Homeowners keep spending on renovations, upgrades

The Hultses’ renovation project has lasted nearly two years—partly because its scope has grown and partly because of supply-chain challenges. (IBJ photo/Mickey Shuey)

When Jayne and Stewart Hults decided after 26 years of living in a waterfront Geist home to buy a smaller abode in the 1990s-era neighborhood of Lake Stonebridge in Fishers, they knew the property would need some work. But they had no idea a pandemic would completely reshape their plans.

“We knew we’d want to update it and make it ours,” Jayne said. “We wanted it to be a place that our adult kids and any future grandchildren would want to come and visit, and it would be like their second home, too. We moved over here in May of 2019, I think. We put most of our stuff into storage, knowing we were going to remodel.”

Then the pandemic intervened, which added more urgency to the couple’s plan to create a haven for their three kids and any future grandchildren.

Now, like many families across the country, the Hultses have experienced materials and labor shortages that have stretched their home improvement project way beyond the pandemic lockdown of spring 2020 and into 2022.

But homeowners nationwide, far from being deterred by supply-chain snarls, are showing increasing interest in remodeling. A report from the Indianapolis-based Home Improvement Research Institute shows that, in the fourth quarter of 2021, 76% of U.S. homeowners were planning to undertake at least one home improvement project. That ties a record set in the second quarter of 2019.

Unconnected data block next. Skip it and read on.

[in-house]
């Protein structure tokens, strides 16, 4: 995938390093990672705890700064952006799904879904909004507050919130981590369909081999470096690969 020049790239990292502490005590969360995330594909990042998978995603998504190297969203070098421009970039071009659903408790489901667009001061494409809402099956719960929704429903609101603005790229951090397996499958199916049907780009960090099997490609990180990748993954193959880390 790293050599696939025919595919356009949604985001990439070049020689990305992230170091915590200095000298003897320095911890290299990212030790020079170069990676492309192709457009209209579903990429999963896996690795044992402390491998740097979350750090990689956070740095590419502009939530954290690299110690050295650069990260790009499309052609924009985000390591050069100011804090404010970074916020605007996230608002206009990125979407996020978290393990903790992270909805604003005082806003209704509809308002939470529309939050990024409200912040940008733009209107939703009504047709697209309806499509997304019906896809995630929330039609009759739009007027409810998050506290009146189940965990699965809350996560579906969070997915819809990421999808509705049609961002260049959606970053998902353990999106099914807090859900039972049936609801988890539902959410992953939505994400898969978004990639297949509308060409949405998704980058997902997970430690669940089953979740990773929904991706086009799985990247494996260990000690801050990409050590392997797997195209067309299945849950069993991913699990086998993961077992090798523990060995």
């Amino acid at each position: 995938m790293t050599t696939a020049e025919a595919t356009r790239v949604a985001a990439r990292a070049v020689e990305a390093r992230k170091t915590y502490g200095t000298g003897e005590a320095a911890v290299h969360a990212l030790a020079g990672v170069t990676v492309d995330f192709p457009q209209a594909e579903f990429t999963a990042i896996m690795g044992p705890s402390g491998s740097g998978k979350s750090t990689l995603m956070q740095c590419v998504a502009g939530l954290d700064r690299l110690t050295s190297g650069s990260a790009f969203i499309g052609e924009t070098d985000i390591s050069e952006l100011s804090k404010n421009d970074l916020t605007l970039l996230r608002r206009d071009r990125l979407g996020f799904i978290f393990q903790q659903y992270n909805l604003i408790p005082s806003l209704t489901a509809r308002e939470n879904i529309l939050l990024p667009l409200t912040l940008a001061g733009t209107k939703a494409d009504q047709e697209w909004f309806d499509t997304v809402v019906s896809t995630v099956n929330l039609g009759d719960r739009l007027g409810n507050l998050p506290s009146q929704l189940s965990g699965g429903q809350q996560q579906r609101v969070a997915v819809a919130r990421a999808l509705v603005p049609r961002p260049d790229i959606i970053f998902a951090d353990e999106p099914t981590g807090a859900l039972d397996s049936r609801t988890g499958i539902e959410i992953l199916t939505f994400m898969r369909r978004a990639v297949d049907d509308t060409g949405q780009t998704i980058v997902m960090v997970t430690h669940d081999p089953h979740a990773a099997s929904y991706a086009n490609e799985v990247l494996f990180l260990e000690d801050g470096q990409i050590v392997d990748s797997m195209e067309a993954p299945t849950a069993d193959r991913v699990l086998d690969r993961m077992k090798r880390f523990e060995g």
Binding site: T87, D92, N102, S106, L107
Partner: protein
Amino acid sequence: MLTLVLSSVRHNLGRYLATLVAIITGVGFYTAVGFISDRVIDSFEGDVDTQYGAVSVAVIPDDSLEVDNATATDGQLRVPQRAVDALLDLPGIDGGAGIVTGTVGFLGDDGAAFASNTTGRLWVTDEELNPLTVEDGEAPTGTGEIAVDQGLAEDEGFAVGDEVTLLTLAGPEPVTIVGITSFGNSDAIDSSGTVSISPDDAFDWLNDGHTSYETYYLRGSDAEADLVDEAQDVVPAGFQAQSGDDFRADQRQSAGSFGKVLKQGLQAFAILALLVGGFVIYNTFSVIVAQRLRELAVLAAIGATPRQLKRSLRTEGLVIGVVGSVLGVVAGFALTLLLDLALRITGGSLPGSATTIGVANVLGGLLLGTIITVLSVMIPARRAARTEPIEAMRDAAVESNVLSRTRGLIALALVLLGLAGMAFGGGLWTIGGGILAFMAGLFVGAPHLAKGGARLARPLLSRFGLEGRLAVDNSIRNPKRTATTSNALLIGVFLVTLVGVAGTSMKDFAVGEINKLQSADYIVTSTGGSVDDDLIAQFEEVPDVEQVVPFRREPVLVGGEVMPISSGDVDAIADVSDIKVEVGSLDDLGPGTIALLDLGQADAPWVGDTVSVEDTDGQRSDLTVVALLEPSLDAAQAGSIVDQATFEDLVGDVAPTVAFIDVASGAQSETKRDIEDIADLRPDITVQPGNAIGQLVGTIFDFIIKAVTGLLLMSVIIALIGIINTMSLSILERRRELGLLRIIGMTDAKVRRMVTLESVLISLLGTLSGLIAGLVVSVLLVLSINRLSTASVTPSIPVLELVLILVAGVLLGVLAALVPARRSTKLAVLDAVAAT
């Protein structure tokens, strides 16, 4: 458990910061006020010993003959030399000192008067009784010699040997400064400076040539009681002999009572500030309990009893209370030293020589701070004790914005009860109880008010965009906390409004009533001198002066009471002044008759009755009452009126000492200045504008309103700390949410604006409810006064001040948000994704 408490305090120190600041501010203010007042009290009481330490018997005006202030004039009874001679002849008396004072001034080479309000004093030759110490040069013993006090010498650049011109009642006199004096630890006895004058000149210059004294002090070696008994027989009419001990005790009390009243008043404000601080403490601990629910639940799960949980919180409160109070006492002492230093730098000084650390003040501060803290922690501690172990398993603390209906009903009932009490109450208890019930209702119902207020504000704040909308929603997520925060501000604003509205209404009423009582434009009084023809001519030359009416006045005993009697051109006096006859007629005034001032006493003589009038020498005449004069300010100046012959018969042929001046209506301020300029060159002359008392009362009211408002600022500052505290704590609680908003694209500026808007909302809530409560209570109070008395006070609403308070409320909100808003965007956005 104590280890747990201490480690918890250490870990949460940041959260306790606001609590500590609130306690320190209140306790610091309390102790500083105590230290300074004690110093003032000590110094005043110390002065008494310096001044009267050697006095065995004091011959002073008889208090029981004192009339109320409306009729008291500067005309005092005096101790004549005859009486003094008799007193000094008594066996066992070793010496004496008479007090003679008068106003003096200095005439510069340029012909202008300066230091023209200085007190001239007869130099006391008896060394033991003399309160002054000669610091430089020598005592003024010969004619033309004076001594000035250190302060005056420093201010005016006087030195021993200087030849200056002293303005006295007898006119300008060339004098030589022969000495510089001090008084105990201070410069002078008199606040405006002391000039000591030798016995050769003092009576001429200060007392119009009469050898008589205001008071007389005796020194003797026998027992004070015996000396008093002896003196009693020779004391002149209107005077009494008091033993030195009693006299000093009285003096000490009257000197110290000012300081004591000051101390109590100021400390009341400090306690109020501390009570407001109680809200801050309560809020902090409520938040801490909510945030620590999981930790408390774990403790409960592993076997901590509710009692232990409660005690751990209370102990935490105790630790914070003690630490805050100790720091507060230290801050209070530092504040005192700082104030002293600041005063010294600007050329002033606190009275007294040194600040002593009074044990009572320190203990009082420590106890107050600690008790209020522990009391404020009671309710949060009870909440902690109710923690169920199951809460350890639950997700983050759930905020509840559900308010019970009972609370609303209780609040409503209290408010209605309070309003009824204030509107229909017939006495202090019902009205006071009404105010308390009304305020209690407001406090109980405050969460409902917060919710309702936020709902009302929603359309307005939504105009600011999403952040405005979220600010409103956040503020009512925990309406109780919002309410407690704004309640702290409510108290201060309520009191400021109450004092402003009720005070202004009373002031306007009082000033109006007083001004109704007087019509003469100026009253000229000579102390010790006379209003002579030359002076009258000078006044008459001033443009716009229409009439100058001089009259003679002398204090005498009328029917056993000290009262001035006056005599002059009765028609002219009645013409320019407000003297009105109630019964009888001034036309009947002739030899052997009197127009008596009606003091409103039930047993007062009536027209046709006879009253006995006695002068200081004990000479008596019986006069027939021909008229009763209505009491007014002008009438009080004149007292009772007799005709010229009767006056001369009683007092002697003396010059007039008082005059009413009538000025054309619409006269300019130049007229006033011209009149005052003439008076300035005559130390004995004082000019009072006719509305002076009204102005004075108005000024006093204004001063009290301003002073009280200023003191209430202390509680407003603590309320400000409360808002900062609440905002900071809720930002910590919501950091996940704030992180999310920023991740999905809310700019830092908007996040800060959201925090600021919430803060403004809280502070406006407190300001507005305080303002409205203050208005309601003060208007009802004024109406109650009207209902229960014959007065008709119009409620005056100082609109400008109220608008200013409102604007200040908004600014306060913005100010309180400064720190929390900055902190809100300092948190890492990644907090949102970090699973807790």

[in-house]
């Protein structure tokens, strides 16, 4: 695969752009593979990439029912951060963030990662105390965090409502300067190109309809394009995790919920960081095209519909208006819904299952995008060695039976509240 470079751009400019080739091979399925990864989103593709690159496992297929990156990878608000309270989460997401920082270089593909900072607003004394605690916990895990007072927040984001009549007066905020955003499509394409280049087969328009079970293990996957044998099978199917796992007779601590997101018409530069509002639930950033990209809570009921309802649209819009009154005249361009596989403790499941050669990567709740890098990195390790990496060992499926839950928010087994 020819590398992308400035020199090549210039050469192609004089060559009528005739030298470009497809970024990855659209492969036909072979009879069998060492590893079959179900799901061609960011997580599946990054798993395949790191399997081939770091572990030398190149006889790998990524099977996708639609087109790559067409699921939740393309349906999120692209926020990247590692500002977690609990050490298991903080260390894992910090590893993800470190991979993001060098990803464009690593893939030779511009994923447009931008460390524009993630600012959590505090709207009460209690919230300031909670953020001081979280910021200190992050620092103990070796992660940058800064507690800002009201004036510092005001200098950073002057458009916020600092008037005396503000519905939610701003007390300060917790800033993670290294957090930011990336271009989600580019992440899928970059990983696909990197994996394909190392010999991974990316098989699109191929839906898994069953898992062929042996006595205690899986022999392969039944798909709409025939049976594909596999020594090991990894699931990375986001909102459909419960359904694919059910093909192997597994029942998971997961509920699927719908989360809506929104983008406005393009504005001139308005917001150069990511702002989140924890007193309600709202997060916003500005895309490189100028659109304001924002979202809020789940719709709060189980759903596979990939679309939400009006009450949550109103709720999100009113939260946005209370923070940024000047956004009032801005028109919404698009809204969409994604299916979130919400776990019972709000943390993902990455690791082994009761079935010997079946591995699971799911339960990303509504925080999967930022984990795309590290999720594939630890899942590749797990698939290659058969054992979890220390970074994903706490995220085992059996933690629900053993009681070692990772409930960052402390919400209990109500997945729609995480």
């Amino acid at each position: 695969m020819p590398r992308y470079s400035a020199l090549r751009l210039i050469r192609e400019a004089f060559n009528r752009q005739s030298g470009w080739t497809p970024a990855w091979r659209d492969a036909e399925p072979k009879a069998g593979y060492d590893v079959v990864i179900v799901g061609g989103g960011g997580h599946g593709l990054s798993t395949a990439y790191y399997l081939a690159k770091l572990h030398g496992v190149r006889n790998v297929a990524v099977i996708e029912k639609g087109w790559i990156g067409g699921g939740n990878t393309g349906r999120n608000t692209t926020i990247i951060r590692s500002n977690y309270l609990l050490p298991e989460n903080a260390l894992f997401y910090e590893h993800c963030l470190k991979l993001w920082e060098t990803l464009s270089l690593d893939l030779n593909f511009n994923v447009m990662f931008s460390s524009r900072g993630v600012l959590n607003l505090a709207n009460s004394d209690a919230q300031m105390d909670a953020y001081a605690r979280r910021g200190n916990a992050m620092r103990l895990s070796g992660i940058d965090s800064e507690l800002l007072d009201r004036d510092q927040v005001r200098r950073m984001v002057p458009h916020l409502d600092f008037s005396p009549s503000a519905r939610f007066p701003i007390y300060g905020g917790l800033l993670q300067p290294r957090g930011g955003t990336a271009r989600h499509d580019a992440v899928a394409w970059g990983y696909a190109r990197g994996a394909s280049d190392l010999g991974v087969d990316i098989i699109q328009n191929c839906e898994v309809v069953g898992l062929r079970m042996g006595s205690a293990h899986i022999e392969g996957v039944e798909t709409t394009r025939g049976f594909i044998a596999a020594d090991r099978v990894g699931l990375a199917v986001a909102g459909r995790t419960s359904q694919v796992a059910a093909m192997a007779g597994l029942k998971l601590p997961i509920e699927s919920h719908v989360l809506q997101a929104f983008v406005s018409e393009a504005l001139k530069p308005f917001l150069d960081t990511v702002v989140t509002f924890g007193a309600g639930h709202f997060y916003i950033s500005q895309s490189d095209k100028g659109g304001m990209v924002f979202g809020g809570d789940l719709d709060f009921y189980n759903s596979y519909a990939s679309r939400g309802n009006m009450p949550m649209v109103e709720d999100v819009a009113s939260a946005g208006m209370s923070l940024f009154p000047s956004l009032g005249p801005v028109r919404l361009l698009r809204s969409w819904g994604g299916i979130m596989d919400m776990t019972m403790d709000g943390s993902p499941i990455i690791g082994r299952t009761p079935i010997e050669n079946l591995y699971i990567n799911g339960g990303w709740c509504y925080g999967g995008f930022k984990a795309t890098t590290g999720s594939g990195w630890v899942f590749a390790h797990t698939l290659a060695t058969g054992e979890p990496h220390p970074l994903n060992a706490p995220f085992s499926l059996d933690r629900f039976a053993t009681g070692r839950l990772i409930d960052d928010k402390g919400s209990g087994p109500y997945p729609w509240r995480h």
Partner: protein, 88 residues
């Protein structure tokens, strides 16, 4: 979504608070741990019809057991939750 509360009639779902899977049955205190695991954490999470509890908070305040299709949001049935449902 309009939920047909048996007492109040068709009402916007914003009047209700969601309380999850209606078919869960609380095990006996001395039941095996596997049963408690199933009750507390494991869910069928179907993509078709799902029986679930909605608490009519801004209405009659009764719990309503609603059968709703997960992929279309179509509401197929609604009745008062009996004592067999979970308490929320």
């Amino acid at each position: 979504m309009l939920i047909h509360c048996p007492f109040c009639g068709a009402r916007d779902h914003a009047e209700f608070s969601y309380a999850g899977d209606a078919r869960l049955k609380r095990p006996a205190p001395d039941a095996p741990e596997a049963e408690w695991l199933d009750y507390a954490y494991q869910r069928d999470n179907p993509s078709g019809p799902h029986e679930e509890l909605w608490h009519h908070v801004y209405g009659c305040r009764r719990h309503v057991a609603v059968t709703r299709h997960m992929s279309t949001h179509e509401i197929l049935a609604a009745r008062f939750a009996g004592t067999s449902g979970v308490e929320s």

And, although stay-at-home orders have ended, the remodeling trends of 2020 (making homes more amenable to extended stays; increasing comfort and entertainment options with amenities like deluxe bathrooms and in-ground pools; and, of course, installing professional-grade home offices) persist.

The Hultses lived in their basement during the first phase of remodeling. In March 2020, when the world was shutting down, they received a delivery of new furniture. They also took delivery of their son and one of their two daughters, who stayed with them for much of the lockdown.

Steve Gray

“It was so much together time,” Jayne said. “We played out on the deck and watched movies and it was so much fun. Kind of a throwback to when they were younger. When things started opening up again, I was almost sad because I didn’t get to see them as much.”

At first, the Hultses imagined getting by with a fairly light redo of the premises—perhaps new appliances and cabinetry and a fresh coat of paint. But during consultations with their contractor—Steve Gray, of Steve Gray Renovation—they developed quite a long list of items that spanned most of the house, from the great room to the back yard. Hoskins Interior Design also helped guide the work.